The future for quality control of mRNA medications
Japanese researchers combine cutting edge mass spectrometry with software analysis to elucidate mRNA structure.
Researchers from Tokyo Metropolitan University and Hiroshi Nakayama of RIKEN CSRS, Japan, have developed a new analytical platform based on liquid chromatography, mass spectrometry and software analysis that quantifies the structure of messenger RNA (mRNA) based medicines.
They can elucidate mRNA sequences while quantifying “capping” at one end of the molecule and the integrity of the tail on the other, all vital in mRNA pharmaceuticals. The method is a crucial innovation for quality control in production lines.
Messenger RNA (mRNA) is a vital molecule responsible for transmitting the sequence information stored in our DNA to ribosomes, the protein-making machinery of our cells. However, the mRNA does not necessarily have to come from our DNA; by artificially designing mRNA molecules, we can use it as a drug which enables our cells to produce specific protein structures, like antigens which can trigger an immune response and act as a vaccine.
mRNA medicines burst into the public consciousness as the primary component of the most effective COVID-19 vaccines. They have many advantages over competing technologies: they are considered much safer, as they do not integrate into the host cell genome; they are relatively easy to manufacture and scale up. Now, the technology is said to hold promise for treating a wide range of other illnesses, including cancer and metabolic diseases.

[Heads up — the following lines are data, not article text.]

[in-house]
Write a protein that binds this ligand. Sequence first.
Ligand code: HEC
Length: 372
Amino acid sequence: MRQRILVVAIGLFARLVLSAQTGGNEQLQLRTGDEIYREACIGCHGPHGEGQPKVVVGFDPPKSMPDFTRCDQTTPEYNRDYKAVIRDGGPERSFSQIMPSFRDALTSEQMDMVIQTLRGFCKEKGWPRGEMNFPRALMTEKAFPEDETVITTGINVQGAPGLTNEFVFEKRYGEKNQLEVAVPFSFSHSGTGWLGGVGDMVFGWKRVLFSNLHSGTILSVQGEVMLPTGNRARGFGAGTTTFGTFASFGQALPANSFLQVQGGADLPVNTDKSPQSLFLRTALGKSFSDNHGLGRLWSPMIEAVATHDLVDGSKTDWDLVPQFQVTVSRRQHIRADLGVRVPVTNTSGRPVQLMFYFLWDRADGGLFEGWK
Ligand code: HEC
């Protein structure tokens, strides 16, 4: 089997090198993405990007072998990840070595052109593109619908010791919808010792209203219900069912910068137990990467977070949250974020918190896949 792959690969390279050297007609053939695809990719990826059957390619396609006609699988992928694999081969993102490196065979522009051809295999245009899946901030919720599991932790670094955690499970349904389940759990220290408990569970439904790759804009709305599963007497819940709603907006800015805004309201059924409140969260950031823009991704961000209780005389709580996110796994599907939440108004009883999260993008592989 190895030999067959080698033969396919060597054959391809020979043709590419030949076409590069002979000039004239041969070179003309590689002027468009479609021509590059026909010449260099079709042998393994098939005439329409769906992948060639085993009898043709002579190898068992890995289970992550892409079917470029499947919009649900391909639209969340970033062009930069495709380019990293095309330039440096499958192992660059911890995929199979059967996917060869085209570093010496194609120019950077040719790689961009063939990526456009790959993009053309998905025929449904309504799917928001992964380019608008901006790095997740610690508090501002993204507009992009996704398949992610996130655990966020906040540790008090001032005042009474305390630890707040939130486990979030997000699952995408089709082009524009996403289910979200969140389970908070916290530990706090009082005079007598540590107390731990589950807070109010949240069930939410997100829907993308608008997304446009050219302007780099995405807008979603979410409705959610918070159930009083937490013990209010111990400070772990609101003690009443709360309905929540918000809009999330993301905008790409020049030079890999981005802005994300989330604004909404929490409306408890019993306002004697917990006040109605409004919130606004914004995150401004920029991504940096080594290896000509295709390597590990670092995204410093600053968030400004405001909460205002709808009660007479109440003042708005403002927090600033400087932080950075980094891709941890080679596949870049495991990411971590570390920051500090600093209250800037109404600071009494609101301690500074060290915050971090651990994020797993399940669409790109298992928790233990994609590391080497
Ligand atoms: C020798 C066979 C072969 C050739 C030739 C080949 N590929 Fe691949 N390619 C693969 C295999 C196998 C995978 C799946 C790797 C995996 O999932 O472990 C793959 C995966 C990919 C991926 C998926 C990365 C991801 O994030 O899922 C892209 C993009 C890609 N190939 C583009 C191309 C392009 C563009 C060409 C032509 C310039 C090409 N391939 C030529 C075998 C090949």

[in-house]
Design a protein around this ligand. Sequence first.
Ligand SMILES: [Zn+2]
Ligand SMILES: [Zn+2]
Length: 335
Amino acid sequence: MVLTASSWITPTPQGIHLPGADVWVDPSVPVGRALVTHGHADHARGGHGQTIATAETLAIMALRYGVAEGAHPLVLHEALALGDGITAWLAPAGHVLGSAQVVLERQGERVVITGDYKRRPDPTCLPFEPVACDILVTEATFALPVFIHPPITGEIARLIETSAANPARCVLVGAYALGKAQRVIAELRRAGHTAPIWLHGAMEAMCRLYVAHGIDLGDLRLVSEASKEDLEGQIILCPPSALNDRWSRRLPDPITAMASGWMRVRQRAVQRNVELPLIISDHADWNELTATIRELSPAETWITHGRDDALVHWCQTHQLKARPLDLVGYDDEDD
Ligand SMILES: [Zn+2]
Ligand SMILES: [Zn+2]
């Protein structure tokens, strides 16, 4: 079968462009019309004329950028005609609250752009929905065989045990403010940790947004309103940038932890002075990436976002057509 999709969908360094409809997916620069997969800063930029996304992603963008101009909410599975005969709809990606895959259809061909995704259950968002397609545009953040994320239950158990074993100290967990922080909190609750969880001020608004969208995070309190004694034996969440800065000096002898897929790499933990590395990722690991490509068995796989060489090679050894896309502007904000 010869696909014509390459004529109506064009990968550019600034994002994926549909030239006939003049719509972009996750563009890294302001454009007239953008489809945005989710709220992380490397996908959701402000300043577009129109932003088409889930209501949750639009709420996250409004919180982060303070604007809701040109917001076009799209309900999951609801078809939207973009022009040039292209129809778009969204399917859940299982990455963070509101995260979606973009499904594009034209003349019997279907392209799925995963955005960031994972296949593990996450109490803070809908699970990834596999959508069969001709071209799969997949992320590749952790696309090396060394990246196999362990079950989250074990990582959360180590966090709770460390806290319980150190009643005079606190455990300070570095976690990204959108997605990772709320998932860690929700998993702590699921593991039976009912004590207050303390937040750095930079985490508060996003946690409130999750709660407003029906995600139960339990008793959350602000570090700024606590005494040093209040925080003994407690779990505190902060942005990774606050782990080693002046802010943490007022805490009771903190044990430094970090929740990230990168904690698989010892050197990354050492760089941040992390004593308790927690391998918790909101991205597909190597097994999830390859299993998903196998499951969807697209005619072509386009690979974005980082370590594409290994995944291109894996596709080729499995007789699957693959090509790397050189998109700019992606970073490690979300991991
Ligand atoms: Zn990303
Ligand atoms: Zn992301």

But with the wide deployment of this new technology, methods are now needed to perform quality control in a more effective, efficient way. mRNA medicines have three key components: the sequence, which determines what proteins are synthesised; the 5’-capping, which ensures that the mRNA is read efficiently during protein translation; the poly(A) tail, which dampens the immune response against the foreign mRNA itself. All three need to be in good working order for the treatment to be effective. However, there is currently no method that can quantify the state of all three in one go.
Now, the team have developed an analytical platform combining liquid chromatography, mass spectrometry and automated software analysis to quantitatively monitor the properties of mRNA molecules.
Firstly, using liquid chromatography and mass spectrometry, they undertake a systematic comparison of different fragments of a mRNA molecule to be tested with a similarly fragmented reference mRNA labelled with a stable carbon isotope.
Secondly, automated analysis using Ariadne software helps ascertain structures with the help of a sequence database. The team found that their analysis platform could successfully assign the primary structure of the reference, then rapidly identify even the most minute changes in the mRNA molecule being tested, all while yielding quantitative information on the capping and tail group.
The method is applicable to a wide range of mRNA lengths and sequences from completely different origins, allowing all three parts to be analysed in one go. It promises unparalleled efficiency in checking for the quality of mRNA medicines, both those in action now and yet to be developed.